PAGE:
What a wonderful picture he created for me. Community farmers, musicians and just the average people coming together to celebrate their culture and simply enjoy one another's company. So after Bele Chere was over, I wrote a column describing what I had learned that weekend. I talked about how Bele Chere was great, but the City could only put on an event that closed so many downtown streets once a year. But why not shut down one area each Friday and bring back some of the life and community my farmer friend had described? Downtown Asheville was definitely not the hustle and bustle it is today and any event to get people downtown seemed like a grand idea to me. It would need to be on a different street each week, so as to let people know that there were more businesses open than they perhaps realized.

The Downtown Commission had just formed that year and the new leader called and said, "loved your column, now put your actions with your words and let's get something going next year. How about calling it Downtown After 5? Hopefully, we'll get some workers to stay and some others to come down and join in on the fun. I'll worry about the money, the rules and regulations and beer permits. I need you and Alphie to book the local bands and publicize the event as much as you can." So we spent that year readying for the next summer, never doubting for a moment it wouldn't happen. We didn't have all that much money allotted for paying the musicians. It was all a labor of love and a vision of what could come to be.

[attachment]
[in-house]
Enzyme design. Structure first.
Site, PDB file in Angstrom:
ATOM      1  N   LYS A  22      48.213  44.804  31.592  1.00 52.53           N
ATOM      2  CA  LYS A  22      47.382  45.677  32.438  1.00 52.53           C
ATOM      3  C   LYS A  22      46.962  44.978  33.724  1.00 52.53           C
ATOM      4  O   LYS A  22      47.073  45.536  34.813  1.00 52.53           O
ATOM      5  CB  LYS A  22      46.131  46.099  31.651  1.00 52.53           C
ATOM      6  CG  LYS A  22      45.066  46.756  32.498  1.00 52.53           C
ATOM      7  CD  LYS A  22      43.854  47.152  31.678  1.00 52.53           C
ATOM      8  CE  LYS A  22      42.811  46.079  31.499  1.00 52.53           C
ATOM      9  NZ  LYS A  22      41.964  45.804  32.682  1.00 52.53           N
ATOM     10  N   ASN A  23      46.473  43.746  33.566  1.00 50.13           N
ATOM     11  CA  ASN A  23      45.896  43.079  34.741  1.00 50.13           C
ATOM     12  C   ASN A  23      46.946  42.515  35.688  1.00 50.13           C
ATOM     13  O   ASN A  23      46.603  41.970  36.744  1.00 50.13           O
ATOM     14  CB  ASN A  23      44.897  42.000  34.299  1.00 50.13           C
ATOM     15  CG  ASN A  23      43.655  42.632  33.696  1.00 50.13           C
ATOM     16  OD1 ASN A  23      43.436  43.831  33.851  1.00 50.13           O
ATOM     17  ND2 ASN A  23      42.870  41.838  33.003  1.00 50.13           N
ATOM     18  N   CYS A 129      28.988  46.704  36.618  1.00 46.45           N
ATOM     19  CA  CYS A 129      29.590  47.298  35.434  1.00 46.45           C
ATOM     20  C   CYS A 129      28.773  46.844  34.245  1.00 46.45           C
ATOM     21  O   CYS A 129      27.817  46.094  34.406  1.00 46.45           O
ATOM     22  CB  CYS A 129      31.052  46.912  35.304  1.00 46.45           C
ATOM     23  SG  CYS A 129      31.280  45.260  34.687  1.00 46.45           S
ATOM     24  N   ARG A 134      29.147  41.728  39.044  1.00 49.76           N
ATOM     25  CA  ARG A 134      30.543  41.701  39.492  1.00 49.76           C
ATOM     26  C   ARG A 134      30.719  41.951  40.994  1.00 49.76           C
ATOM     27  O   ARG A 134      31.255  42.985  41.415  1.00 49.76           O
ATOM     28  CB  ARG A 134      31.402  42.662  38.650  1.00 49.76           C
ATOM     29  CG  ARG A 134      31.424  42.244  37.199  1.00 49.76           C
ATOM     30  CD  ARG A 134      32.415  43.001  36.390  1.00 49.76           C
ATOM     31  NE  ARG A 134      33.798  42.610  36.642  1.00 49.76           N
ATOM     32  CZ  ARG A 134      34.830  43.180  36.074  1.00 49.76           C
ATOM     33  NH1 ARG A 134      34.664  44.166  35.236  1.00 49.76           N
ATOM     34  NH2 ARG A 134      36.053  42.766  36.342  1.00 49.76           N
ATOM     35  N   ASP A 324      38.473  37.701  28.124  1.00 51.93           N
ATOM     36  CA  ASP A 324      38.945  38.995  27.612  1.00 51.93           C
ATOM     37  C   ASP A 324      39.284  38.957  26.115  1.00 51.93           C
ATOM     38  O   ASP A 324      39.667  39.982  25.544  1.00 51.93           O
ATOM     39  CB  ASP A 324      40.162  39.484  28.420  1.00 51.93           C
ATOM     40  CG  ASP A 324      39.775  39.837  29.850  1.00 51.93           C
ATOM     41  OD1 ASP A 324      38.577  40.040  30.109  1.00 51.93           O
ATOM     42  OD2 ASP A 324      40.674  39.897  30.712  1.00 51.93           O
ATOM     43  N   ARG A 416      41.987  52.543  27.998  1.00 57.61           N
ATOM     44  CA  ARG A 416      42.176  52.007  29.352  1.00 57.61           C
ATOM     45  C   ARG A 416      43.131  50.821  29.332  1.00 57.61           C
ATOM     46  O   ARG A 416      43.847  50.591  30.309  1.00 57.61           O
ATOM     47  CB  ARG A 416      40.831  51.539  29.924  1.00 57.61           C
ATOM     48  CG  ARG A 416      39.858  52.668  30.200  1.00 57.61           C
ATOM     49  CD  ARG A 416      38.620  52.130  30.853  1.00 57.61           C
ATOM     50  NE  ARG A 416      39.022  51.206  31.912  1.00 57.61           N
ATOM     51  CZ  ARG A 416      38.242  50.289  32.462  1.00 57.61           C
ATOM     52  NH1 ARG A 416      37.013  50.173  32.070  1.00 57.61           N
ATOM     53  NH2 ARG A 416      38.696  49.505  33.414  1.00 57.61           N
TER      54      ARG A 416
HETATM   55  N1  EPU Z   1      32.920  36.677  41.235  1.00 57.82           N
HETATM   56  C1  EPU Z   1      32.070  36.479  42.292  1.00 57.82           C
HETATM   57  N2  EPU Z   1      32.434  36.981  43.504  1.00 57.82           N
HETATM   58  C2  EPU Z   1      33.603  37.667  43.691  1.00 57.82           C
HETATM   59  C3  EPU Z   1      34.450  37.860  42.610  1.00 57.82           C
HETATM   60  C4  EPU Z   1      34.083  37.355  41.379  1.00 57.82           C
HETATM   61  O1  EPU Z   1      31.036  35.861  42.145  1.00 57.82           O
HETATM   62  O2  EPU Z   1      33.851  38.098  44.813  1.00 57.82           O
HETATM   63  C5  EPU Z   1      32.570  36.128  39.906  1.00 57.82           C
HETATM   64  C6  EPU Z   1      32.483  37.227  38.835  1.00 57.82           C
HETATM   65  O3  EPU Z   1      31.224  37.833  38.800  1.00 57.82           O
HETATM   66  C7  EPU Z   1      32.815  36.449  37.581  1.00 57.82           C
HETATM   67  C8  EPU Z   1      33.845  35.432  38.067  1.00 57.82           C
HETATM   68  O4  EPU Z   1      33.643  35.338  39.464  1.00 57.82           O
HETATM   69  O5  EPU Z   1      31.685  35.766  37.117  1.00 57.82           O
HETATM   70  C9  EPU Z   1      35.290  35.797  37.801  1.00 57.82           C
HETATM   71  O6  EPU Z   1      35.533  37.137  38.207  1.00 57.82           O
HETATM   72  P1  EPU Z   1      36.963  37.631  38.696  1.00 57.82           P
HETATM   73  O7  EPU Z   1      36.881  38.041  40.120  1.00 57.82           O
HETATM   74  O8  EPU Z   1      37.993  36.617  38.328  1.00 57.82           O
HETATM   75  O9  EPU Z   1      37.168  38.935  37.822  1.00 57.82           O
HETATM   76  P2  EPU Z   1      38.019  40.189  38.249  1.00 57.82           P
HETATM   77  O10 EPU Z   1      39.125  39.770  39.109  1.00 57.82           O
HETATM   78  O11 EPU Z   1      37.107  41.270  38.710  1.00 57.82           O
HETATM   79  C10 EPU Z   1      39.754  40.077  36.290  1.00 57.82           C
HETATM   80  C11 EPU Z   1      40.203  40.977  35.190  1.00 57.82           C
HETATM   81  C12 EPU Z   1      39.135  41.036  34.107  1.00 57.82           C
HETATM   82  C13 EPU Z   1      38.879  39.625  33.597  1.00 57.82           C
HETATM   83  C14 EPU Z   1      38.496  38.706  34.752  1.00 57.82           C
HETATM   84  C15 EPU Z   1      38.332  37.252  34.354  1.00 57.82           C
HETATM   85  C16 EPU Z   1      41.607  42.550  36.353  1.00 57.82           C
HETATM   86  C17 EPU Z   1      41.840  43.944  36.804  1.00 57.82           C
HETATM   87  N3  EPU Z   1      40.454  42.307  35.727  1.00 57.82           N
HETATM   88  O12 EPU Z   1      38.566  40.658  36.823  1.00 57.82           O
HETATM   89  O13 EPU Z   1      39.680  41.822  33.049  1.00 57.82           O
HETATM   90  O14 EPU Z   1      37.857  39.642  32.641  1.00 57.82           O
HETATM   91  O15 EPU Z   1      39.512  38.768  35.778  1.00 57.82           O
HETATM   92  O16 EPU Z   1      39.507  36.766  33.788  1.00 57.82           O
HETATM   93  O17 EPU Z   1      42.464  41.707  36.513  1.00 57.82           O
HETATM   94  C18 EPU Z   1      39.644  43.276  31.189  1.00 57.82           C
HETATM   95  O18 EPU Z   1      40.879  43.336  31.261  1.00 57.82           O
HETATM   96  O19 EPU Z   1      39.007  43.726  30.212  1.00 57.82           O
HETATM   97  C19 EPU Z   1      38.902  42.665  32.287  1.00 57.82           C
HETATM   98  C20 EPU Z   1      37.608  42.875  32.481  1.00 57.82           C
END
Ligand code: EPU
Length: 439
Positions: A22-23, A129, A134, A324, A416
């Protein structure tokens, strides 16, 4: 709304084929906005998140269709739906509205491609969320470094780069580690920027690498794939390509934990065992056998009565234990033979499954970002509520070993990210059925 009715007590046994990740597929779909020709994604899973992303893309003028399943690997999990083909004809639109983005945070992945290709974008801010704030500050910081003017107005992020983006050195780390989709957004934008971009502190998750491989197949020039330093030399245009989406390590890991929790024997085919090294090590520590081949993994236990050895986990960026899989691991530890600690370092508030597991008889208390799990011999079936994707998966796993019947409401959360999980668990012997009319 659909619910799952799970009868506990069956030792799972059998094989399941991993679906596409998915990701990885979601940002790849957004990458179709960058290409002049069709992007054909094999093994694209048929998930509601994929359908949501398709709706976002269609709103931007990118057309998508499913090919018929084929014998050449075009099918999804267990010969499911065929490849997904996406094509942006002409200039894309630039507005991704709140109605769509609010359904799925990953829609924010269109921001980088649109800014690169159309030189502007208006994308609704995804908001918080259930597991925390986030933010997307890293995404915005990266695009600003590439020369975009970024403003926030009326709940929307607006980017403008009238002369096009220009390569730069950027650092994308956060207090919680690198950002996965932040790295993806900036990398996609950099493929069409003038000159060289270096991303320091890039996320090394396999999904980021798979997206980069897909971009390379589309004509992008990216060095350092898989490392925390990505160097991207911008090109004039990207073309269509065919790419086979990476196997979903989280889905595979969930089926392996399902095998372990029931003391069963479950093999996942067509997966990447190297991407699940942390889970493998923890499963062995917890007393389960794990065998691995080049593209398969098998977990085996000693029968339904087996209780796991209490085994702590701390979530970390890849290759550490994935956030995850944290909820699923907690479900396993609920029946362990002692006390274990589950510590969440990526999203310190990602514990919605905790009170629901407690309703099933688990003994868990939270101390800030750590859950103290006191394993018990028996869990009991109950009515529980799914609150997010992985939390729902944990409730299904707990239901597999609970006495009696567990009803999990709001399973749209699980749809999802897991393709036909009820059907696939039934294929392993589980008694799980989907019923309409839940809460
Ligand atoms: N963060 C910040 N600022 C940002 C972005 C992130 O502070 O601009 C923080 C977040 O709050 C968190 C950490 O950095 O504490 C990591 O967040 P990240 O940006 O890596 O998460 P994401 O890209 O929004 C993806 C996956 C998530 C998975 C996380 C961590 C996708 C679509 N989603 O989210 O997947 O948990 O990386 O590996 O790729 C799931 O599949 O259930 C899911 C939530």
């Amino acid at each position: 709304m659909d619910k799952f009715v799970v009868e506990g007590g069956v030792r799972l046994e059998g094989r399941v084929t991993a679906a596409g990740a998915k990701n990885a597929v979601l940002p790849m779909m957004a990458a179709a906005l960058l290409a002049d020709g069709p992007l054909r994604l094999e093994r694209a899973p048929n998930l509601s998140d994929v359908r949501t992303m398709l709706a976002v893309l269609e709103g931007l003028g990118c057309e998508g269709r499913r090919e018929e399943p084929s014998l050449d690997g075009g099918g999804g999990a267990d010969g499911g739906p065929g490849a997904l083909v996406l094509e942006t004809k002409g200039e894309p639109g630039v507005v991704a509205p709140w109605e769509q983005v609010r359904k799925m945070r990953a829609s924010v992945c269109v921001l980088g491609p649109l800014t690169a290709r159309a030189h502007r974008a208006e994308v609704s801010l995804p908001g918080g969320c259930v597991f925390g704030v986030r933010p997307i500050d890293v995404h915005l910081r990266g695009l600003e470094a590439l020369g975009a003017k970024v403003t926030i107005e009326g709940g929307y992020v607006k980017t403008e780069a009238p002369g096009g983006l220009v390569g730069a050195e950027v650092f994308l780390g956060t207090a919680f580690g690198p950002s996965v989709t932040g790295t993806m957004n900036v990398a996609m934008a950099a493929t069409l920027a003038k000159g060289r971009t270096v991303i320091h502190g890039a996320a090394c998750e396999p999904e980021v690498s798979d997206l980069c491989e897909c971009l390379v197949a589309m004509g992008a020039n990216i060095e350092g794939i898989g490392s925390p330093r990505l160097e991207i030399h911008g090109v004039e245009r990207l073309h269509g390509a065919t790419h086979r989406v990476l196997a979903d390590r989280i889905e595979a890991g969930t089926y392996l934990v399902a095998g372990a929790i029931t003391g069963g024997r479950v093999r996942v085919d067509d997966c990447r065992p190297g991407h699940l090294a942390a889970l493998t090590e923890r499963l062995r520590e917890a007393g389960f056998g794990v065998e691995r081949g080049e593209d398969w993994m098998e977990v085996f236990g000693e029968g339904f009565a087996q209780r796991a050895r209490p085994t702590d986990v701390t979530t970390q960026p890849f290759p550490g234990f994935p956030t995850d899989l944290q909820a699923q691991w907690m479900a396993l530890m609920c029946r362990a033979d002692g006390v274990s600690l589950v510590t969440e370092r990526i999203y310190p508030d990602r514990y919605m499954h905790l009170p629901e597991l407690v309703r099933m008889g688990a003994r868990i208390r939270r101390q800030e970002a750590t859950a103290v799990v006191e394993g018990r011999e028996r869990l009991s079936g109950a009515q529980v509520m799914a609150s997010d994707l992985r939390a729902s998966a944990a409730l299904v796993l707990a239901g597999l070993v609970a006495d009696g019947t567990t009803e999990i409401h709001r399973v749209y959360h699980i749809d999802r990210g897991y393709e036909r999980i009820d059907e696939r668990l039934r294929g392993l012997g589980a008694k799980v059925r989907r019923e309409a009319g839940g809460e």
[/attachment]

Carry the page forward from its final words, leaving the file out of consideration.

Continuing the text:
And, happen it did. Not too many people came out that first year, but we were pleased anyone attended at all. I think we capped out that summer at maybe around 200 people. The first concerts happened in places like on top of the Wall St.or Rankin Ave. parking deck. There was one in an enclosed private parking area over on Broadway which fit about 50 cars at the most. And there was one in front of the downtown library that almost didn't happen. The rain poured. People ran for cover under awnings. And just when it looked like we'd have to call it off, the skies cleared and the party started right back up.

We were able to do one every Friday during the summer months and I do miss the intimate locations of those first events. Our hands on involvement from that first year changed to simply promoting the event and helping make it as popular as possible. A group of very dedicated volunteers came on board and the event finally changed to once a month because it was growing, and the logistics for once a week were just too much.

So, we have what we have today. Downtown After 5 attracts thousands of people. There are two bands at each event, one lesser known local band and a better known band, sometimes local. Not always. It's serendipity that it takes place at the old Lexington Avenue Farmer's Market location. My farmer friend would be happy. Every one that I go to, I make a secret toast to him and thank him for sharing his story. Because without that story and his dedication to getting people to vote, Downtown After 5 would not be what it is today.

Learn more about Downtown After 5 here: